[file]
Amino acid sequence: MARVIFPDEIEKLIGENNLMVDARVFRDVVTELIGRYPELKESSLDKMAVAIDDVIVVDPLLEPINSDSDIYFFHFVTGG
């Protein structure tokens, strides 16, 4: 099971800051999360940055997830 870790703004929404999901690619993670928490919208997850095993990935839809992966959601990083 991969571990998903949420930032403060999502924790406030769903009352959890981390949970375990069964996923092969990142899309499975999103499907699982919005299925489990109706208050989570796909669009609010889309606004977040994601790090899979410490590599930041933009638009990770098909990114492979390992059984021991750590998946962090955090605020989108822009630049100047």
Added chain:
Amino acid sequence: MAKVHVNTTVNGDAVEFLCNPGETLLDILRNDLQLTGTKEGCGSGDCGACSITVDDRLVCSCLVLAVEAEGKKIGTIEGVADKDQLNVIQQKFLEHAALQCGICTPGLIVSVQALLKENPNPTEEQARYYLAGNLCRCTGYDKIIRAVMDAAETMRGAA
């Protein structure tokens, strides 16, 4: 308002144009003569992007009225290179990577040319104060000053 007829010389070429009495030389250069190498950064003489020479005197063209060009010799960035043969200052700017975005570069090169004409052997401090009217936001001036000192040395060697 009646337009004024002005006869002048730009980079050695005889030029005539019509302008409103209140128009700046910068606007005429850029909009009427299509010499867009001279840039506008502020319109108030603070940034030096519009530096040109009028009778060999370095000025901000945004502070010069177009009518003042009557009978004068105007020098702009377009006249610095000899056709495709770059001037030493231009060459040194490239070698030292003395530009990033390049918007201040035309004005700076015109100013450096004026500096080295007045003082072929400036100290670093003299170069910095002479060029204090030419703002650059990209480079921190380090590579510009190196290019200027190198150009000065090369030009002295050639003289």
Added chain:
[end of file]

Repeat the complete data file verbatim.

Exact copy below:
Amino acid sequence: MARVIFPDEIEKLIGENNLMVDARVFRDVVTELIGRYPELKESSLDKMAVAIDDVIVVDPLLEPINSDSDIYFFHFVTGG
């Protein structure tokens, strides 16, 4: 099971800051999360940055997830 870790703004929404999901690619993670928490919208997850095993990935839809992966959601990083 991969571990998903949420930032403060999502924790406030769903009352959890981390949970375990069964996923092969990142899309499975999103499907699982919005299925489990109706208050989570796909669009609010889309606004977040994601790090899979410490590599930041933009638009990770098909990114492979390992059984021991750590998946962090955090605020989108822009630049100047």
Added chain:
Amino acid sequence: MAKVHVNTTVNGDAVEFLCNPGETLLDILRNDLQLTGTKEGCGSGDCGACSITVDDRLVCSCLVLAVEAEGKKIGTIEGVADKDQLNVIQQKFLEHAALQCGICTPGLIVSVQALLKENPNPTEEQARYYLAGNLCRCTGYDKIIRAVMDAAETMRGAA
């Protein structure tokens, strides 16, 4: 308002144009003569992007009225290179990577040319104060000053 007829010389070429009495030389250069190498950064003489020479005197063209060009010799960035043969200052700017975005570069090169004409052997401090009217936001001036000192040395060697 009646337009004024002005006869002048730009980079050695005889030029005539019509302008409103209140128009700046910068606007005429850029909009009427299509010499867009001279840039506008502020319109108030603070940034030096519009530096040109009028009778060999370095000025901000945004502070010069177009009518003042009557009978004068105007020098702009377009006249610095000899056709495709770059001037030493231009060459040194490239070698030292003395530009990033390049918007201040035309004005700076015109100013450096004026500096080295007045003082072929400036100290670093003299170069910095002479060029204090030419703002650059990209480079921190380090590579510009190196290019200027190198150009000065090369030009002295050639003289």
Added chain: